I Want My Partner To Be Involved In Every Aspect Of My Life, But My Job Is Off Limits

I’m a firm believer that partnership means sharing. Your passions, dreams, fears, and insecurities—these are all things couples should strive for or weather together. But there’s one area of my life where my partner is unwelcome to interfere with: my job.

  1. Sharing doesn’t mean surrendering my private life. Being part of a committed couple and maintaining a healthy relationship calls for honesty and openness—emotional sharing—as well as quality time—physical sharing. I want me and my partner to be on the same page and in tune with one another, but that doesn’t mean I can’t have a life outside of our relationship. That life is the 8-10 hours a day I go to my office and he goes to his.
  2. Jobs are important for establishing and retaining a singular identity. Not only is it important to have some physical space from my partner every day, but having a job I’m passionate about gives me the headspace to develop my own identity. Sure, I can get this space by spending time with girlfriends or immersing myself in private hobbies, but in a professional setting, I’m able to challenge myself and grow in ways other activities don’t allow me to.
  3. Knowing who I am individually will make me a better partner. Once I’m confident in my professional skills and feel fulfilled in my work life, I’ll be better equipped to be a more supportive partner. I won’t resent my partner for keeping me from doing what I love and my professional satisfaction will translate into personal satisfaction, making both of us a lot happier.
  4. Financial independence is hugely important. At this point in our relationship, I don’t want to be financially dependent on my partner nor for him to be financially dependent on me. I don’t mind if he wants to pick up the bill every now and then, but I’d like to be able to do so too. My partner doesn’t need to know how much I earn or when I get paid every month.
  5. I don’t want my partner to be my whole world, nor him to be mine. Making my partner the sole source of my happiness is a whole heck of a lot of pressure to put on him and I certainly wouldn’t want him to put that kind of pressure on me. I want to contribute to my partner’s happiness and certainly be a large part of his life, but both of us will be disappointed if we can’t find other sources of fulfillment.
  6. There’s a reason people caution against mixing business with pleasure. Relationships, while great, have enough of their own stressors that I don’t need to introduce professional concerns into the equation. I want to keep my work life and worries separate from my personal life and worries. When work and home life mingle, the results can be catastrophic.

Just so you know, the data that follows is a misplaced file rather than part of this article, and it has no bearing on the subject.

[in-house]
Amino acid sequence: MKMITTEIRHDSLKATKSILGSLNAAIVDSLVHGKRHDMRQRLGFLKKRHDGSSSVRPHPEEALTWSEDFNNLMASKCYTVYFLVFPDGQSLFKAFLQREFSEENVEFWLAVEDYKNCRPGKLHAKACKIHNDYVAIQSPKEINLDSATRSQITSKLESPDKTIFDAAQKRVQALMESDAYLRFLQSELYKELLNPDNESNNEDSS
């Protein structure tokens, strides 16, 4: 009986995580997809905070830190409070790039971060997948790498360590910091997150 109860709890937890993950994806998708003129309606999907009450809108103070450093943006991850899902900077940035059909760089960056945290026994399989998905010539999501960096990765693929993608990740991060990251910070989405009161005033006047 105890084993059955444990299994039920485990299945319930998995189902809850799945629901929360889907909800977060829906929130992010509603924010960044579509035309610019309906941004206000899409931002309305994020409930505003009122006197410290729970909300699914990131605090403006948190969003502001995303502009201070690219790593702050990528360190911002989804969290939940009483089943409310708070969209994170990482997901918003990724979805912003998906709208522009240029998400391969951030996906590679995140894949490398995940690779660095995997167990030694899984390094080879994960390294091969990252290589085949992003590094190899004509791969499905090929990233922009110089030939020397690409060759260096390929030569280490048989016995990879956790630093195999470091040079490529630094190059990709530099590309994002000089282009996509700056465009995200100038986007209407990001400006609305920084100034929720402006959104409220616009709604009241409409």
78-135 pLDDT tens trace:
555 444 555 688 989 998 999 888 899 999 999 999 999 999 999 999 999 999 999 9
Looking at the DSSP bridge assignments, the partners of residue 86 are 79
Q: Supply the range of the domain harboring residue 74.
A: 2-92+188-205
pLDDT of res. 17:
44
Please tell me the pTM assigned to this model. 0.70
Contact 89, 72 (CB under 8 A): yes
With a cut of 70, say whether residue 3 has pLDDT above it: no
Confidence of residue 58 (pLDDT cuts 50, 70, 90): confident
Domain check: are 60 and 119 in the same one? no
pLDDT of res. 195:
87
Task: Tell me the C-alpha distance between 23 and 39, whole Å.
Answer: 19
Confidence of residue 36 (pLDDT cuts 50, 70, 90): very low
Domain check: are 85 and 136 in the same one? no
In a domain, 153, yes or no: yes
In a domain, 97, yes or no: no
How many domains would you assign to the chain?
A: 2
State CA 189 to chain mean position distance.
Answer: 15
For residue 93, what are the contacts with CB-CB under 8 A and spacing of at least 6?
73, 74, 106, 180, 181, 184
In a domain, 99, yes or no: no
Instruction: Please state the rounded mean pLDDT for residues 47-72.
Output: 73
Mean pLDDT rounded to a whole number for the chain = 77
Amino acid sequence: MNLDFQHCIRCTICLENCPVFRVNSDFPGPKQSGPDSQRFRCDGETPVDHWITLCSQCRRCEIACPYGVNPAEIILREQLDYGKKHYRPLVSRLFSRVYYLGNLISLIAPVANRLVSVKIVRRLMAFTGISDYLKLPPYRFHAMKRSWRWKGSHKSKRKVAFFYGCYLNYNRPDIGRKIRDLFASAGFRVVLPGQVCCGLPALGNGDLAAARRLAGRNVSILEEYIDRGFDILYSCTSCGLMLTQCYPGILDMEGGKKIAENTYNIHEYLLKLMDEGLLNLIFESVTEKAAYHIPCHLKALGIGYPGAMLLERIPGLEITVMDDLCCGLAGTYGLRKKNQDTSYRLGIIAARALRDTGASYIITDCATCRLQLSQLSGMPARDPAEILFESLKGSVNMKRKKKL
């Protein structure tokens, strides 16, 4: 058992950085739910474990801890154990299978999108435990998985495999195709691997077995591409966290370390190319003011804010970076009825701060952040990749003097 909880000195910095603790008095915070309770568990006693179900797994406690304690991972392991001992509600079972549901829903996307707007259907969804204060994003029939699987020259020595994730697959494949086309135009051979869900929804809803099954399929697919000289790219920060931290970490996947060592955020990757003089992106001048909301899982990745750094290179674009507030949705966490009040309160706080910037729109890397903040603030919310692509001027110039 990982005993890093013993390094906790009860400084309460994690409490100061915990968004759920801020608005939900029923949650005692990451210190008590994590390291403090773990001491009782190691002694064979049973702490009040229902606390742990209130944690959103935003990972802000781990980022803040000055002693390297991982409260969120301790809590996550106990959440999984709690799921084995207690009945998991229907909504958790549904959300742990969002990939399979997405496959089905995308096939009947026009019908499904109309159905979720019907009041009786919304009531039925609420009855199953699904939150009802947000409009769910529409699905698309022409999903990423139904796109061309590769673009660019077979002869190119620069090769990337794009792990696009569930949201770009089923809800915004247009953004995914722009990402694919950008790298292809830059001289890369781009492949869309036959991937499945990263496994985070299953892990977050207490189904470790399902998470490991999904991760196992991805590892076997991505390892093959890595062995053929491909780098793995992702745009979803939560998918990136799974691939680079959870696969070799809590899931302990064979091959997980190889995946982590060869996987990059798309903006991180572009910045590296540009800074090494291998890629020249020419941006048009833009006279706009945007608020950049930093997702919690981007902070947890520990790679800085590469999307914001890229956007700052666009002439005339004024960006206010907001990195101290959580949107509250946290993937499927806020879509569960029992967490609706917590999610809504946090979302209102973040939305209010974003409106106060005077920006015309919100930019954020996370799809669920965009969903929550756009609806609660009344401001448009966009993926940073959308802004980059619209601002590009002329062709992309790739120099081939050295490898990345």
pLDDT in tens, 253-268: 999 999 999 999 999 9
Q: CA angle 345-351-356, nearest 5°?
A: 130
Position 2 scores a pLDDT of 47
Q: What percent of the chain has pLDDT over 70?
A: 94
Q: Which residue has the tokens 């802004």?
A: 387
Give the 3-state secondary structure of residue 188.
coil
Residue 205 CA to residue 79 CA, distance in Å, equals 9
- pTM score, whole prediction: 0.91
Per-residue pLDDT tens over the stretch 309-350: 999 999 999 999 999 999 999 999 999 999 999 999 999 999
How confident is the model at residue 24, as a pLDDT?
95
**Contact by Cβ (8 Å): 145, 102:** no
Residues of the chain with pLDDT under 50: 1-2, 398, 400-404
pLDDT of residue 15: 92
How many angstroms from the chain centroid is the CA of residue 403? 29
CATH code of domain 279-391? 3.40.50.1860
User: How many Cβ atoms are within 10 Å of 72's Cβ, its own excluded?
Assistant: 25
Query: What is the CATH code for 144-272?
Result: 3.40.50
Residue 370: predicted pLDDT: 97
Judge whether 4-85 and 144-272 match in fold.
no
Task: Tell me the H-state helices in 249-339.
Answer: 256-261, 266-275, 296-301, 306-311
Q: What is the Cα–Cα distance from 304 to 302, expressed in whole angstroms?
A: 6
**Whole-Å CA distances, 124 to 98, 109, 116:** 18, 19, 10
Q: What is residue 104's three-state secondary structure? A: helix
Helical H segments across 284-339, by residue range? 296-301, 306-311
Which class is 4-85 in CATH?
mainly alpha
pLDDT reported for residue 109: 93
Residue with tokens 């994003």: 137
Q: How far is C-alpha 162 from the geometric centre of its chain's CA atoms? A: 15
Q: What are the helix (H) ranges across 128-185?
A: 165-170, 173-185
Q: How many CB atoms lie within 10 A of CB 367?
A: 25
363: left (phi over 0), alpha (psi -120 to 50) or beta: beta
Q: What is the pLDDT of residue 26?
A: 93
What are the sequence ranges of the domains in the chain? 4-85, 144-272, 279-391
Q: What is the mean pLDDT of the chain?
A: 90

7.  I like having knowledge and skills that my partner lacks (and vice versa). I don’t know if I buy into the whole “opposites attract” mantra, but I do think that a couple of identical people would be mind-numbingly boring. I like knowing more about my field than my partner does and I appreciate the fact that he has his own area of expertise that I know little about. These different interests lead to intelligent and profound conversations.
  8. Keeping my partner out of my work life is the best defense against mansplaining. Don’t get me wrong, I love my guy. But like all men at one time or another, he’s been guilty of mansplaining a concept I’m perfectly capable of understanding myself. By insisting he not interfere with my work, I can guarantee he won’t try to educate me on the topics I know most about.
  9.  I admire professionalism and I want my partner to, as well. I have so much respect for people who care deeply about their work—no matter what that work is—and I want my partner to admire me for mine. Even if I haven’t found my dream job, I want my partner to respect my professionalism and devotion to work responsibilities, just as I do his.
  10. At the end of the day, we need something to talk about. Of course it’s normal—especially at the beginning of a relationship—to want to be with your partner 24/7, but if that’s always the case, things will get real boring real fast. I’m not saying I want my partner and I to keep secrets, but if we know everything about each other’s lives we’ll run out of things to talk about. Keeping our work and personal lives separate will maintain an air of mystery between us and isn’t that the best way to keep romance alive?
Julia is a recent graduate of the University of Virginia where she majored in English and French language and literature. She's engaged in an on-again-off-again French love affair (with the country itself) and has been crushing on French pop star Jean-Baptiste Maunier for about 8 years. When she's not writing you can find her rereading The Wizard of Oz or trying to run away with the circus.